'You feel empty... you've got the room ready then it's over'
AFTER weeks of feeling her little baby girl move inside her belly, Amy Lee Stidolph heard devastating news she hopes no other mother has to hear.
A miscarriage took away the hope of adding to her small family, but now Mrs Stidolph, 27, has married the man who was her rock through it all.
When she was 21, Mrs Stidolph was diagnosed with polycystic ovarian syndrome (PCOS) and she has endured fertility issues ever since.
Four years ago, she and now-husband Shane were blessed with a "miracle baby", Aria, but the birth almost resulted in a hysterectomy.
Medical staff saved her uterus and after eight months of trying, she fell pregnant again at the end of last year.
"Once you get to 12 weeks you assume everything is right, but we were on high alert," she said.
In March her fears were realised, when she was told her daughter Foo required a medically induced termination at 15 weeks due to genetic defects, a low chance of survival and high chance of severe health defects.
"You feel empty because you've bought the clothes, you've got the room ready and then it's all over," she said.
"It's hard trying to explain to a four year old."
But Mrs Stidolph then spent five days in induced labour to give birth to Foo, who was just 13cm long and passed away 12 hours before being induced.
"No one tells you that if you lose a baby after 12 weeks you have to have the baby, there's no other termination options," she said.
"You literally have a baby, it's still the exact same pain as you would be going through that's full term."
But she said the trauma was made harder because she was not given the benefit of maternity leave to recover, which is available to women who lose a child after 16 weeks.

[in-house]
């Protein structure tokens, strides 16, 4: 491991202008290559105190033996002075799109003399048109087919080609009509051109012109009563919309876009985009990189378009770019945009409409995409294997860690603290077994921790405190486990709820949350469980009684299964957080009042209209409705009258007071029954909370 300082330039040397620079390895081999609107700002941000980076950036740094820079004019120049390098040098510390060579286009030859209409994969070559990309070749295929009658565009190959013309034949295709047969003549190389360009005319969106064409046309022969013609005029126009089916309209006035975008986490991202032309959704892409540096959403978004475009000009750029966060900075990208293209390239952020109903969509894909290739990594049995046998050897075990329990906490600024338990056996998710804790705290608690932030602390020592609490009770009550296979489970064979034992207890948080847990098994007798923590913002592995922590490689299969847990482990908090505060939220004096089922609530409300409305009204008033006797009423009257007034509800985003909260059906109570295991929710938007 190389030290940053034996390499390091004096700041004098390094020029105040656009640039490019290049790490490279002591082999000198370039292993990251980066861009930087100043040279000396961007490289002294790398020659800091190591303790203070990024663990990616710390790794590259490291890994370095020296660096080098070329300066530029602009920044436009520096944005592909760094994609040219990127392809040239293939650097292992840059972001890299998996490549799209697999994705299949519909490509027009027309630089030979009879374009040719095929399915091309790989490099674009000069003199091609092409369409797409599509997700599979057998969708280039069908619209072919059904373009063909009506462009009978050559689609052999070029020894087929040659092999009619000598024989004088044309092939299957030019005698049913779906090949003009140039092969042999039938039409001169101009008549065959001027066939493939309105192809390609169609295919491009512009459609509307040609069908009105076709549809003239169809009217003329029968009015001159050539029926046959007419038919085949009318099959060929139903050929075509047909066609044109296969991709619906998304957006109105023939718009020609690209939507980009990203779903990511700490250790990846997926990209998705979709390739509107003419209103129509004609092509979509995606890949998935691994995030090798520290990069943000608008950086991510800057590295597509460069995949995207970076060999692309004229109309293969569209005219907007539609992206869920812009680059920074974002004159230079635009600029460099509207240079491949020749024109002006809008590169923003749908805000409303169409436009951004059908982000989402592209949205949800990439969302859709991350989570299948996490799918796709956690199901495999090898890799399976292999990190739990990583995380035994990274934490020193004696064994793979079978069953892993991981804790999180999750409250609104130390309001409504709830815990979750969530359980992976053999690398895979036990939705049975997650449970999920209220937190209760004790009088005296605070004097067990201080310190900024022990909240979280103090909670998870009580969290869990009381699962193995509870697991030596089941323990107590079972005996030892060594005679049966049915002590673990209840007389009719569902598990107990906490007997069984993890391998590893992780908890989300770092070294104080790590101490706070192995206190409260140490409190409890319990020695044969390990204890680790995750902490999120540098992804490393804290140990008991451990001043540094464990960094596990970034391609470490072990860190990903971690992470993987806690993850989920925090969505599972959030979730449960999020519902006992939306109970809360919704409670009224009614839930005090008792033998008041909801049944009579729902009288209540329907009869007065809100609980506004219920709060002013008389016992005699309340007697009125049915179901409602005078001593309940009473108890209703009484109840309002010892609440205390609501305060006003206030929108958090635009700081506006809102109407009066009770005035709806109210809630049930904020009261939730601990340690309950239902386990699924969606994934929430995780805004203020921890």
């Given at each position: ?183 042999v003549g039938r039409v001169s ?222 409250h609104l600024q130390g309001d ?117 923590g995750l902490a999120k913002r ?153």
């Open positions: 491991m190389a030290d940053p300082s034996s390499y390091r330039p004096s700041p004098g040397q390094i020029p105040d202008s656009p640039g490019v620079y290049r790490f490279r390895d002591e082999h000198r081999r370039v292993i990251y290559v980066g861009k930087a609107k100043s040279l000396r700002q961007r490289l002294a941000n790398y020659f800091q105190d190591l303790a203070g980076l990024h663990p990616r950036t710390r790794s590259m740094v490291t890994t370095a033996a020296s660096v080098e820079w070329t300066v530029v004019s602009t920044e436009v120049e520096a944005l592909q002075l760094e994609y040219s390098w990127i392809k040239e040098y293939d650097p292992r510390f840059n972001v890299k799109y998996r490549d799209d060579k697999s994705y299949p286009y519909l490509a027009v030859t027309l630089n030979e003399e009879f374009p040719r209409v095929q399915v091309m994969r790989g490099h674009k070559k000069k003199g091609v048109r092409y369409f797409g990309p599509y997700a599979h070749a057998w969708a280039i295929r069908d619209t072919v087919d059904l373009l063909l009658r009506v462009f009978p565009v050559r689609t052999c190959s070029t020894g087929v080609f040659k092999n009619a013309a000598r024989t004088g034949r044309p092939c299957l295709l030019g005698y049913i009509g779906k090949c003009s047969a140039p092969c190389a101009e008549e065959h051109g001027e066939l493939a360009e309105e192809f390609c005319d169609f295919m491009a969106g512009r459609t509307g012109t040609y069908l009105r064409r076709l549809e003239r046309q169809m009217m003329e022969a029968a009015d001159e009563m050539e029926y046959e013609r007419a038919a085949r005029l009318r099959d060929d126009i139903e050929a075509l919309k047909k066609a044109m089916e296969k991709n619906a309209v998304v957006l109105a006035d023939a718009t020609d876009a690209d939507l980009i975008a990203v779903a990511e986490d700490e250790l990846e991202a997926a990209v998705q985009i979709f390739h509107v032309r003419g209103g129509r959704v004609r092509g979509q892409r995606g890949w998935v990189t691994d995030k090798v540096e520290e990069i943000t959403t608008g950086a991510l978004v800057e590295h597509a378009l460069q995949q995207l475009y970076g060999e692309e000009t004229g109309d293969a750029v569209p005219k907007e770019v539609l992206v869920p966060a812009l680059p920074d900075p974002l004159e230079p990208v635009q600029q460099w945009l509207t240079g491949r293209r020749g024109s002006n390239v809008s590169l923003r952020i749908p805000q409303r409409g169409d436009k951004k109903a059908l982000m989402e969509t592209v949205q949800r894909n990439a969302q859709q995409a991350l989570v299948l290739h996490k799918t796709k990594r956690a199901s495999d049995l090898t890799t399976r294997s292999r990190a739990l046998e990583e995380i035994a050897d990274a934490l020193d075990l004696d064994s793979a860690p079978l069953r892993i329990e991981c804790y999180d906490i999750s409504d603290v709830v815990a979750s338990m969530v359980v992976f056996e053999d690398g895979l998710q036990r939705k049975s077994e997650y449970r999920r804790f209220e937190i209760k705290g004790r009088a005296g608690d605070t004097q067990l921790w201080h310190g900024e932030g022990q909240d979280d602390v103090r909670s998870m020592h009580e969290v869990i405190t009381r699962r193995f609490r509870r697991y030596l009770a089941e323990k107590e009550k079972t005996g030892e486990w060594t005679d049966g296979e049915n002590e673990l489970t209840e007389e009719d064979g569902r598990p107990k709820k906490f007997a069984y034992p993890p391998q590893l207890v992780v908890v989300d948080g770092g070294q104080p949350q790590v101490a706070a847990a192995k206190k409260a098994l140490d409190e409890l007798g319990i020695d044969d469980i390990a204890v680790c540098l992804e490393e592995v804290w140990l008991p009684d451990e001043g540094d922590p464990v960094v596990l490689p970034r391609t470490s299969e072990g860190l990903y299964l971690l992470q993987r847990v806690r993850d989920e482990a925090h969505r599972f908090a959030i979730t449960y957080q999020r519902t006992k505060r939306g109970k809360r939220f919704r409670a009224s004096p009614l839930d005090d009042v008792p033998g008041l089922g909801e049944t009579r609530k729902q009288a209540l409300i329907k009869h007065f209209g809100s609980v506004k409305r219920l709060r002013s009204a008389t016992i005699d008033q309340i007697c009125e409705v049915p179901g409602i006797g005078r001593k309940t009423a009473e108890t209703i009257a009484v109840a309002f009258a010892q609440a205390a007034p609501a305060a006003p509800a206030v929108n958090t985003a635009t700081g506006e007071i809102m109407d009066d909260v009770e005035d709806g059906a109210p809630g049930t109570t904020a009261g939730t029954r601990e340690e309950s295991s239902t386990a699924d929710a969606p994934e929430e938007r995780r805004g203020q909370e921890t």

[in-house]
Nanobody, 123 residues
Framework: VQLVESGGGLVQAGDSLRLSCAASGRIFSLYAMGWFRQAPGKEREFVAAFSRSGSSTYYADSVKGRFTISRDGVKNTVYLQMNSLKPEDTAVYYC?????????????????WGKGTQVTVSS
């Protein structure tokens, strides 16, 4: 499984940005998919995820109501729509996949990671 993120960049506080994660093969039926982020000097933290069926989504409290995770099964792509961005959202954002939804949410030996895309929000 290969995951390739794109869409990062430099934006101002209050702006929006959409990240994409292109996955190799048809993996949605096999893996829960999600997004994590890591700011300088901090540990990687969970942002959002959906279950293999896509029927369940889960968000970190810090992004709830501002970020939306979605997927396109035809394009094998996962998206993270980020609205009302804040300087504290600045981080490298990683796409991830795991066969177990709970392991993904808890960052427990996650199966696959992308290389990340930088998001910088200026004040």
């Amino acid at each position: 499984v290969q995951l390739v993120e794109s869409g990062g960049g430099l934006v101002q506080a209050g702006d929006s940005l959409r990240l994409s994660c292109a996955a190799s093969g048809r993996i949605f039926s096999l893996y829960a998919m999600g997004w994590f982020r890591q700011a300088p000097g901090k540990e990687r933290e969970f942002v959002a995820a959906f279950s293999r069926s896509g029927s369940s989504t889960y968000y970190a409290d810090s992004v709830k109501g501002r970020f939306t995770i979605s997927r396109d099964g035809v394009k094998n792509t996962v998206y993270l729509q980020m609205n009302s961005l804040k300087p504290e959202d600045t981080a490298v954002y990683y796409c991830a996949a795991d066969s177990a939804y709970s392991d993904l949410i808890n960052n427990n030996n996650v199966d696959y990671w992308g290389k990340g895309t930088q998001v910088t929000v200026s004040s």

"There should be something that helps women over 12 weeks, you can't go through the labour process, to just have enough time off for your physical body and mentality is huge," she said.
Mrs Stidolph said she was grateful Mr Stidolph stuck by her through the ordeal.
On Friday she gave the ultimate thank you, by marrying her partner of 10 years in a small ceremony at Leslie Park.
With Aria as a flower girl, the marriage was a way for the family to cement their commitment to each other.
"Once you've got kids, if you can save money it's well worth it, especially after losing a child, family is everything," Mrs Stidolph said.
Mrs Stidolph will be donating her wedding dress to Angel Gowns, a charity that creates funeral garments for families who have lost a young child.
She hopes to see more research and support for women facing PCOS and miscarriage.
"Although it makes you feel less of a woman because you can't easily carry babies, it shouldn't have that stigma in society," Mrs Stidolph said.
"If women feel comfortable to talk about things like this and doctors are open to doing research, we can prevent this from happening."